First attempt with Content-Aware Fill repeats the house on the shore.

The first try with Content-Aware Fill repeats the house on the shore, so let’s try Content-Aware Patch next.

Dragging to choose the source area for the Patch tool.

Using the Patch tool, dragging the selection to a good patch source area fills the selection with the source and blends it in.

There’s another reason Content-Aware Patch can be better than than Content-Aware Fill. You can adjust the Structure and Color settings on the Options bar after you drag to set the patch source. This can improve how the source area blends in. You can adjust the settings and watch the results change. When you deselect, the settings become permanent.

Patch Tool attempt includes duplicated content.

The resulting patch is OK, but the left edge of the selection includes some of the pilings from the source area.

Adjusting the Structure and Color settings improves Patch tool results.

Adjusting the Structure and Color settings improves the patch until it looks good.

For step-by-step details, see: Content-Aware Patch

Content-Aware Move

When you want to reposition a selection and have Photoshop fill in the area that was left behind, use the Content-Aware Move tool. You can adjust the results using Structure and Color options here too.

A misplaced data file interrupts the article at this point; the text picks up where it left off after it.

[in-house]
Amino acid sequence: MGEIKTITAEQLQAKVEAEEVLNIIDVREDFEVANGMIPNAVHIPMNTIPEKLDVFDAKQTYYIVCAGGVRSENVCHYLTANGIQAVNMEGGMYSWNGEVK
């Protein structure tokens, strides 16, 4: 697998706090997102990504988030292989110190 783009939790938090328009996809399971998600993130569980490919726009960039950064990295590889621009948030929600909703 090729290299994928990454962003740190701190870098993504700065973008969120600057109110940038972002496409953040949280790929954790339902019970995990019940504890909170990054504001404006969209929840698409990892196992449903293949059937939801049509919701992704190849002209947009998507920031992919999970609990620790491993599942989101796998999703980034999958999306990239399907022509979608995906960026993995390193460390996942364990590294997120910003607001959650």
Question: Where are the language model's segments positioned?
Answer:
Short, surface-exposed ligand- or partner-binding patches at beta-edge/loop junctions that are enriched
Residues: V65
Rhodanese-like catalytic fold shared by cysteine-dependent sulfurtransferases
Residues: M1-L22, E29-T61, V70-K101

Demonstration of Content-Aware Move.

If an art director wants more room to add type on the right side of this image, use Content-Aware Move tool to reposition the selected duck and its reflection. Photoshop blends the selected duck with its new surroundings, while simultaneously filling in the area it used to occupy.

For step-by-step details, see: Content-Aware Move

Content-Aware Extend

You can seamlessly widen or lengthen part of an image using the Content-Aware Extend option of the Content-Aware Move tool. In the Options bar you change the Mode from Move to Extend, and drag the selection in the direction you want to extend the existing content. Content-Aware Extend treats it as an extension of the original subject, which stays in place. This is often more efficient than using traditional duplication methods because it automatically blends the extended areas with the original area. That reduces the amount of retouching you have to do.